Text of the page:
You might also teach your students about Alessandro Volta’s invention of the first electric battery in 1799 (the "Voltaic pile"), to encourage them to think about what a supply of electricity really is and to define voltage. Herein lies another link to both a quantity and unit that pupils need to know. It could also link to their knowledge of chemistry as the Voltaic pile was a series of two electrodes – one made of zinc and another of copper.

Voltaic piles lead into the work of German physicist Georg Simon Ohm in the 1820s. Ohm experimented with the Voltaic piles and worked out the relationship between voltage and current, known as Ohm’s Law – a piece of knowledge that is commonly required in GCSE specifications, although teachers and students rarely question who it was that gave the unit its name. By putting a face to that name, however, students are more likely to retain the new terminology. Discussing the life and work of the French physicist André-Marie Ampère might also help pupils when it comes to learning about the principles of electromagnetism and the amp as a unit of current.

Plugging in

There are plenty of other advances, too, to use as examples to engage pupils’ interest. Take the electrical telegraph, which built on the work of Volta, Ampère and others to use electrical signals to send messages along wires. Initially, the telegraphs were used along the railways, but soon machines were being installed in post offices and, by the 1860s, the electrical telegraph was being used right across Europe and the United States. Whereas before messages were delivered by hand, often by riders on horseback who could be at risk of ambush or hampered by bad weather, suddenly messages could be sent safely, reliably and speedily across vast distances.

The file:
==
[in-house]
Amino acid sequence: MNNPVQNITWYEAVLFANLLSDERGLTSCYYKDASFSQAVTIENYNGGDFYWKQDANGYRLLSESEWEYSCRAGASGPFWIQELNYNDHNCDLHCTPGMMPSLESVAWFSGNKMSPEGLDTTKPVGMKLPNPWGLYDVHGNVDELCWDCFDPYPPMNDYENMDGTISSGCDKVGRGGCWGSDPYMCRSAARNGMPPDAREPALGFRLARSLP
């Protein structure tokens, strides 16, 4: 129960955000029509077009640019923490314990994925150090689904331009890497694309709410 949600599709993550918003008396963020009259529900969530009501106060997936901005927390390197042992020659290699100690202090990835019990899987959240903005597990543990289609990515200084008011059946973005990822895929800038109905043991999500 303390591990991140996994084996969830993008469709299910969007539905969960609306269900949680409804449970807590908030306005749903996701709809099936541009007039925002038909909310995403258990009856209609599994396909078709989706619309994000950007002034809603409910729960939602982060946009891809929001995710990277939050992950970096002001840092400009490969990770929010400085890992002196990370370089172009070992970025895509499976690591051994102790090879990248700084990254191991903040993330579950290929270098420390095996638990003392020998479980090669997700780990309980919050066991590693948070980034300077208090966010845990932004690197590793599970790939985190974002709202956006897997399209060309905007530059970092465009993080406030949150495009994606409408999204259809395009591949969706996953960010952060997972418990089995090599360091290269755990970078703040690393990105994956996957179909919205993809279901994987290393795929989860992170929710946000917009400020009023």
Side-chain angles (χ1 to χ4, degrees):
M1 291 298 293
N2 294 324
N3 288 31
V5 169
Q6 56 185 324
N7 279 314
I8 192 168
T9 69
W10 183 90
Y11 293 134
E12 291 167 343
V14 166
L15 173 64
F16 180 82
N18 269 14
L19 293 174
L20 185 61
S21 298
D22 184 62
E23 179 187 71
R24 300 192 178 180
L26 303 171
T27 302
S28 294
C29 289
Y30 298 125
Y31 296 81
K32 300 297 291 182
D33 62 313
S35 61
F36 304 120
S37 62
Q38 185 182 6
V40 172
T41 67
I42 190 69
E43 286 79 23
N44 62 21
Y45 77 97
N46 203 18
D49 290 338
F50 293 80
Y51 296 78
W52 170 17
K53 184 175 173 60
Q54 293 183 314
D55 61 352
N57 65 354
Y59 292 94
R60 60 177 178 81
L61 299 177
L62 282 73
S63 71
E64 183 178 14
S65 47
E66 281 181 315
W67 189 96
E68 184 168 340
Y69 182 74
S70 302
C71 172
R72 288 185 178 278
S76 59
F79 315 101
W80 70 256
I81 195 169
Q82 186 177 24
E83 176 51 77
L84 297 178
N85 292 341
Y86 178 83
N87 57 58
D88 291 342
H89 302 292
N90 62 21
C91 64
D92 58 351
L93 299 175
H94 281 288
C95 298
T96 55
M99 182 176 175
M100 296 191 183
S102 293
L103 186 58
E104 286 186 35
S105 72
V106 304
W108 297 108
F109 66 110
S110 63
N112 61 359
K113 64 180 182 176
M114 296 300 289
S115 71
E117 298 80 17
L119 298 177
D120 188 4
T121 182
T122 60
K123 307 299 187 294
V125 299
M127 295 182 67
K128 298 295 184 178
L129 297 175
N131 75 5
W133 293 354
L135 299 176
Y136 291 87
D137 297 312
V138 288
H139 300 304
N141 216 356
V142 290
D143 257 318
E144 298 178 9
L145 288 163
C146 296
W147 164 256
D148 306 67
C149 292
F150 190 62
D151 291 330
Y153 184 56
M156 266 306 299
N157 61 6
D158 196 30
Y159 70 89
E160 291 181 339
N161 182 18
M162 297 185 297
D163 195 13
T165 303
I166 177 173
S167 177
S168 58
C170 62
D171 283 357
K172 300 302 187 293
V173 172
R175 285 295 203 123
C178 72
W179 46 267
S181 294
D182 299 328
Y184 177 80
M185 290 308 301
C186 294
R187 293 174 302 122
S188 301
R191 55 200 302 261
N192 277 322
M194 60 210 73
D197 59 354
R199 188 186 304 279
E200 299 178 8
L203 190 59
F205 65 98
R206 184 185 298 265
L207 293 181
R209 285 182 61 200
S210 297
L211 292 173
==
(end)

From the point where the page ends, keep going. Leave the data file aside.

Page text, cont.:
Even the humble plug has a dramatic story behind it. Try introducing AC and DC current in the context of the historic "war of currents" between Nikola Tesla and Thomas Edison in the 1880s, a commercial battle between two systems of lighting. The first plug socket, developed at around the same time, could also be used to explain the purpose of the different wires in a plug, and how that would have transformed life for people who had them installed – primarily by protecting them from electric shock!

Later in the timeline, the focus shifts to sustainability and alternative methods of producing electricity, such as nuclear, solar and wave power – key points in the GCSE syllabus. You could talk, for example, about the first nuclear power station to generate energy on an industrial scale, which opened in Calder Hall in Cumbria in 1956, or the world’s first commercial wave power plant, which operated for 18 years on the Scottish island of Islay.

Where next?

Finally, you could pose the question "what is coming next on this timeline?" Electric cars? Better batteries? Generation of electricity via nuclear fusion?

Engaging in the history – and future – of physics in lessons can be an effective way to bring a narrative to a topic; it is another way of linking a series of lessons. Perhaps, in doing so, it is also possible to engage a wider number of students, who may find it easier to follow a story than constantly build up from principles they have already found challenging. 

Stephanie Grant is a physics teacher and assistant director of studies at Norwich School